The choices Howard has made in The Silver Screen—placing a dead woman and her submissive son at the center of the novel—nonetheless serve its subversive purpose: to expose the sometimes ruinous power of stories. Many of the stories the characters of The Silver Screen tell themselves are confidence games, and in Father Joe’s case are capable of swindling them out of life.
Stories, in Howard’s view, can be sinister: Bel Maher’s exclamation—“There are never enough stories!”—serves to paralyze her son. Making myths or stories out of life is one way to make sense of death, but in The Silver Screen it is not always certain that death can be kept neatly in its place, as an ending. Death is a constant presence in the novel, from the scythe-wielding tin skeleton that Bel Maher hangs on her mirror to the ever-present images of clocks and watches: Bel’s father’s obsession with his self-winding watch, Bel’s exchange of her watch for the skeleton, Father Joe reading Thomas Campion’s “On a Portable Clock.” The priest inherits his grandfather’s timepiece, which he has worked on all his life, when Bel dies. Just before he dies, “he feels for his workman’s watch.” The multiplication of all these timepieces emphasizes not only that “All must die,” as one of Howard’s epigraphs, from Tristram Shandy, has it, but that it matters how the time one has is spent.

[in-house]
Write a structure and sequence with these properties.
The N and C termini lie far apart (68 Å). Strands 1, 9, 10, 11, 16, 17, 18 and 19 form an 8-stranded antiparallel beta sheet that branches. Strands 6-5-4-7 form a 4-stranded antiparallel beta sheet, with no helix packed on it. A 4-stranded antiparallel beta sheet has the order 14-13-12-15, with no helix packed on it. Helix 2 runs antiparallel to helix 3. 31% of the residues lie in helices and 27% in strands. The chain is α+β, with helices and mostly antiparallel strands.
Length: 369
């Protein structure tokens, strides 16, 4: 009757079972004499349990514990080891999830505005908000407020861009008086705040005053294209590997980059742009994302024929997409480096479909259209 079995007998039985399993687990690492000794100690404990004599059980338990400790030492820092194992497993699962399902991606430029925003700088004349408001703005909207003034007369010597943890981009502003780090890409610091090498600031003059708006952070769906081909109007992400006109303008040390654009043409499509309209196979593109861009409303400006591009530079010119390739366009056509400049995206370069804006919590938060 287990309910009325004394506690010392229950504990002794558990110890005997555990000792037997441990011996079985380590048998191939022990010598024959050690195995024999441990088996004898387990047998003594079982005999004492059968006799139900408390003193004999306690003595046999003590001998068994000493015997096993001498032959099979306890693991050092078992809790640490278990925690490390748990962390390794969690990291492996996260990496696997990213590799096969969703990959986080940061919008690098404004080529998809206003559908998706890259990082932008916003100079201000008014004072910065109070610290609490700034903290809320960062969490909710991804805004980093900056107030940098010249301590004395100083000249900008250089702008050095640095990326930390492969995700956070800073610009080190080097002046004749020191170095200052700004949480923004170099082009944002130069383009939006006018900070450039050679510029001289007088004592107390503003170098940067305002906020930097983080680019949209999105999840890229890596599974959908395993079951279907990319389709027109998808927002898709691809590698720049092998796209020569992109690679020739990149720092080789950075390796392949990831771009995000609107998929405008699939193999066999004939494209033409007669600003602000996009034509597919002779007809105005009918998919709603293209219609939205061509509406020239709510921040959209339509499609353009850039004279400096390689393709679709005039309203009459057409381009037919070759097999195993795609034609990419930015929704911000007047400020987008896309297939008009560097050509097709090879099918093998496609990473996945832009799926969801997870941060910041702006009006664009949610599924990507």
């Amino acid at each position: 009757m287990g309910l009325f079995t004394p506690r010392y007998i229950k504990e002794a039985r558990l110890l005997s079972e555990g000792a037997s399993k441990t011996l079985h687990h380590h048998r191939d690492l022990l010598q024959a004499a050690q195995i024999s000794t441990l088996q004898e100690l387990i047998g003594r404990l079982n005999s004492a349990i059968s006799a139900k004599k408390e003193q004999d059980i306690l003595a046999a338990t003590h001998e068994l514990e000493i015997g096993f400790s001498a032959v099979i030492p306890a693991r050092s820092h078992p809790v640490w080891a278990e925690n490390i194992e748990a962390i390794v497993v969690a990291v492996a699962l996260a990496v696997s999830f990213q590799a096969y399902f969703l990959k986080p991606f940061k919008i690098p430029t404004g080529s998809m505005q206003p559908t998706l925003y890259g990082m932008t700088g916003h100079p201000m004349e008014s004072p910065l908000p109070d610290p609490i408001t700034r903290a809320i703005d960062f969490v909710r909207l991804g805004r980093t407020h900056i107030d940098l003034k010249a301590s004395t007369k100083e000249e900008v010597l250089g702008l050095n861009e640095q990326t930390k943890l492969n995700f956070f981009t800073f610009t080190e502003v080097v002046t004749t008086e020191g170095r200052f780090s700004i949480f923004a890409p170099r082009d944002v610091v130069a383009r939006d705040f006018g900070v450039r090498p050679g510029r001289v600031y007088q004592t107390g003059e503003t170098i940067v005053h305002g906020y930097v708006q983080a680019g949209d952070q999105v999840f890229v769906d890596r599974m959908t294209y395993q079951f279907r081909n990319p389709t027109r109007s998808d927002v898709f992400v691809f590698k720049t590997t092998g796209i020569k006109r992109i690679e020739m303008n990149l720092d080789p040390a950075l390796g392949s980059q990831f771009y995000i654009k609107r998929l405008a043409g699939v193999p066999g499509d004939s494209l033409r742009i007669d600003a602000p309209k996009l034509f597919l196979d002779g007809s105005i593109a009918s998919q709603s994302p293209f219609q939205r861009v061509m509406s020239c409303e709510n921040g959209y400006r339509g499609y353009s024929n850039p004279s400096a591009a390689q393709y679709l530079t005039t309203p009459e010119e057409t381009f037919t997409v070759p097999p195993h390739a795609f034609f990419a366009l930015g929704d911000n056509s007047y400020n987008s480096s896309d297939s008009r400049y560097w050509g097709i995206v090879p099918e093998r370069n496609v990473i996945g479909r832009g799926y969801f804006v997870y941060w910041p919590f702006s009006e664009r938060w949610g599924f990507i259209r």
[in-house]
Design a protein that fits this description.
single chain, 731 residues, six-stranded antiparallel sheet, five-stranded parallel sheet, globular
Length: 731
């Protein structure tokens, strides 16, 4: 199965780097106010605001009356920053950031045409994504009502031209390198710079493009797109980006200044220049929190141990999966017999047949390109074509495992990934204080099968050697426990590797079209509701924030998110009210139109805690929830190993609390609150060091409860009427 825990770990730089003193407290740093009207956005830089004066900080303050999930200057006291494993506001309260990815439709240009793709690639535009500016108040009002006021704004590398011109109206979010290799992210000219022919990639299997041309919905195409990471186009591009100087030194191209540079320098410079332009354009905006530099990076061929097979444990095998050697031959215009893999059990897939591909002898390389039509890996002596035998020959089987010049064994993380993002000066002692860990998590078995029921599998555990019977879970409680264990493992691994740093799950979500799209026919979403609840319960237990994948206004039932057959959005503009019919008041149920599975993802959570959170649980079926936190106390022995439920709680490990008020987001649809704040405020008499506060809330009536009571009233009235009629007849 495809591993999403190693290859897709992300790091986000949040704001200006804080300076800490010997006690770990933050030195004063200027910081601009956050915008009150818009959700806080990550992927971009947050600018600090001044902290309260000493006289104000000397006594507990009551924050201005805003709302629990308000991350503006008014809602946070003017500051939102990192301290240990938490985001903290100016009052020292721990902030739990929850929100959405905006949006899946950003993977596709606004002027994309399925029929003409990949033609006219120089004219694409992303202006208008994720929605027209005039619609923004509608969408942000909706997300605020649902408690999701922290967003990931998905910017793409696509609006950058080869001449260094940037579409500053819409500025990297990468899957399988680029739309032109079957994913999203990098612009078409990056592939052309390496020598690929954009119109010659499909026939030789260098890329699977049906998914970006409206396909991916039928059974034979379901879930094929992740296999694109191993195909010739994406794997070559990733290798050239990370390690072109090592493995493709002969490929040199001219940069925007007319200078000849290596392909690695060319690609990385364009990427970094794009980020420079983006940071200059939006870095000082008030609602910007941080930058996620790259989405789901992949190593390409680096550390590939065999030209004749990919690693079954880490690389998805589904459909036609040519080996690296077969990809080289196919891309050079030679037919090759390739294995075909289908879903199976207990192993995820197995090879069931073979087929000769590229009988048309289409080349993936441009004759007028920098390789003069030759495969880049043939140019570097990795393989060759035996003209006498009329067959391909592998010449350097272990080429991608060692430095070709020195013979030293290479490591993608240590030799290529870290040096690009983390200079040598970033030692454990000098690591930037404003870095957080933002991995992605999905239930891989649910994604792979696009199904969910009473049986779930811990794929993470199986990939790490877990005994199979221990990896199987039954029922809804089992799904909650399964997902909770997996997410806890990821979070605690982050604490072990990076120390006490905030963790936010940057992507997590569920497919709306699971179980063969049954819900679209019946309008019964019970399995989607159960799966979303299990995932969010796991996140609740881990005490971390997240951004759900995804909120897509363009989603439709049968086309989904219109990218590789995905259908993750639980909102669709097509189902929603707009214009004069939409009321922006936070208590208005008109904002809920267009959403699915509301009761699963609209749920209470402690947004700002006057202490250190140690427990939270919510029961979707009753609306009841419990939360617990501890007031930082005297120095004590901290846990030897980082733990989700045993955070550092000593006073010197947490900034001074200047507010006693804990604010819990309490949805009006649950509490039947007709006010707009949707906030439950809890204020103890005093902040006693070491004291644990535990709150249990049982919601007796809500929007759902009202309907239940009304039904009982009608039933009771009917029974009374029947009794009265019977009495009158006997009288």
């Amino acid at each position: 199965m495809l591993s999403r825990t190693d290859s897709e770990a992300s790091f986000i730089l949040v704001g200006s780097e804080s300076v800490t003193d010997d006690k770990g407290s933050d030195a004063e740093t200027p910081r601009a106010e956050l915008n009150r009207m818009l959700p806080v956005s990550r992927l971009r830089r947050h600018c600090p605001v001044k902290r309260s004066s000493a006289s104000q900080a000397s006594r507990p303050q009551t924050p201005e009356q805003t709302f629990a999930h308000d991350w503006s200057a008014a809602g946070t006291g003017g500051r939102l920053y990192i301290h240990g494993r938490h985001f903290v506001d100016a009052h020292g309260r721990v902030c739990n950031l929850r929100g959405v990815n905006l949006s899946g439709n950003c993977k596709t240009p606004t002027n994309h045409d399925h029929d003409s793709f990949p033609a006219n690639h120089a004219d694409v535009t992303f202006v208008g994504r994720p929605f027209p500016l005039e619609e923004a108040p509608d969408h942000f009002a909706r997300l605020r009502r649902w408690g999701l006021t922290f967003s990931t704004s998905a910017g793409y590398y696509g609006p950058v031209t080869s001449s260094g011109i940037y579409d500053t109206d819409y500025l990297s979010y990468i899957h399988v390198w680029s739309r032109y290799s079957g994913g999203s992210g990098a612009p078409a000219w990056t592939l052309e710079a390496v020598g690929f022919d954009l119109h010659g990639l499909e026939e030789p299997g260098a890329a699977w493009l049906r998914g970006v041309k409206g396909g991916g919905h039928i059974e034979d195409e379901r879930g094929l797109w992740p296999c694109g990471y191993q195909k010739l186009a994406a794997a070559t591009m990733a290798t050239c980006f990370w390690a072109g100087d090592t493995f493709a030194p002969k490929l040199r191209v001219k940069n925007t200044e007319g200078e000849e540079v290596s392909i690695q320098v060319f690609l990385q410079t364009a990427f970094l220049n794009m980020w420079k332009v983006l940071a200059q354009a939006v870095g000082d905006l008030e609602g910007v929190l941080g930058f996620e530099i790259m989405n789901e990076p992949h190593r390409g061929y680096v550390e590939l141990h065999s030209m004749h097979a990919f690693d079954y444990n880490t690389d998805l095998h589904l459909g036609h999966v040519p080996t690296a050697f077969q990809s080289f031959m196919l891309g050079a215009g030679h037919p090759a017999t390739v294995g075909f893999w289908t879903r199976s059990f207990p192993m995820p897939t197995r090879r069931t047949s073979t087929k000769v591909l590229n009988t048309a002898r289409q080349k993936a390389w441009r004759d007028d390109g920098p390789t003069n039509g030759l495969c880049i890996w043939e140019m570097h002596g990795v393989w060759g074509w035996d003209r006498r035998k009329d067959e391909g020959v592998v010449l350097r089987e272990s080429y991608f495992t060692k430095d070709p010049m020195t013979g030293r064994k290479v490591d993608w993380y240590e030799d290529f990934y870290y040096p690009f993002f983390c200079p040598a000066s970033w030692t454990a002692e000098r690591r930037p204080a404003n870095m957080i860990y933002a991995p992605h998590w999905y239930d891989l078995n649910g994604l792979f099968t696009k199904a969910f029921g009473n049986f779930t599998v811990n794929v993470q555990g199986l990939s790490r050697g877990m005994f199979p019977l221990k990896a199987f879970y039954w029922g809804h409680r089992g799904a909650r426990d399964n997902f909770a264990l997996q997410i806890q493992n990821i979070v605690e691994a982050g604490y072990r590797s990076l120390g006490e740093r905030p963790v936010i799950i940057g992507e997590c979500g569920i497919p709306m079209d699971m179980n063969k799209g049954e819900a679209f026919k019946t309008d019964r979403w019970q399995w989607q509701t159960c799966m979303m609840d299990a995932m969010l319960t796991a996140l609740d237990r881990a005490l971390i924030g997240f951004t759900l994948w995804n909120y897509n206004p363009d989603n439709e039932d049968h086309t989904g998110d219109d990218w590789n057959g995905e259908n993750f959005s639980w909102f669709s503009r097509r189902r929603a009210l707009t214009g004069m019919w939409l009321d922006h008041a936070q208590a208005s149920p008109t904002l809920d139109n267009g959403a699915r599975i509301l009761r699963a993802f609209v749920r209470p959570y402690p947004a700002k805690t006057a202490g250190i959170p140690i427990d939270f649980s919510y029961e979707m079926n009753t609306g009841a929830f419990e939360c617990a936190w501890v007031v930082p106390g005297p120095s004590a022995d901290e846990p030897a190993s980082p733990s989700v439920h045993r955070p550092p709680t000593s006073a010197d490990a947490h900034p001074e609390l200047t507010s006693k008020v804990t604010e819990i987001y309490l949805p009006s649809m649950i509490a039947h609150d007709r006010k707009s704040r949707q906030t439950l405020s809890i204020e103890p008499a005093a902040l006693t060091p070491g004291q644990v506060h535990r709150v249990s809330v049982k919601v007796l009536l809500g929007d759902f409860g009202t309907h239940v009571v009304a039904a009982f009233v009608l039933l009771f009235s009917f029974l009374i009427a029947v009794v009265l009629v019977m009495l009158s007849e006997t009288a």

In this most bookish of books, each of these images brings to mind “the clock ticking on the mantelpiece” in The Waves. The Silver Screen begins: “Sea laps the shore. We need not know what shimmering sea, what pure white sand,” its italics and heightened language recalling the famous italicized passages of Woolf’s novel: “The sun had not yet risen. The sea was indistinguishable from the sky, except that the sea was slightly creased….” We see Bel Maher’s “delicious body” on that beach and then we see her dead body, decades later, “the sun on the water blinding this Summer day.” There is no more chilling way to depict the fact that, as Woolf famously put it, “time passes,” than this extreme foreshortening. Dense, difficult, at times elegant, The Silver Screen can be read with admiration, giving perhaps the most pleasure as an homage to the masterpieces that inspired it.
December 16, 2004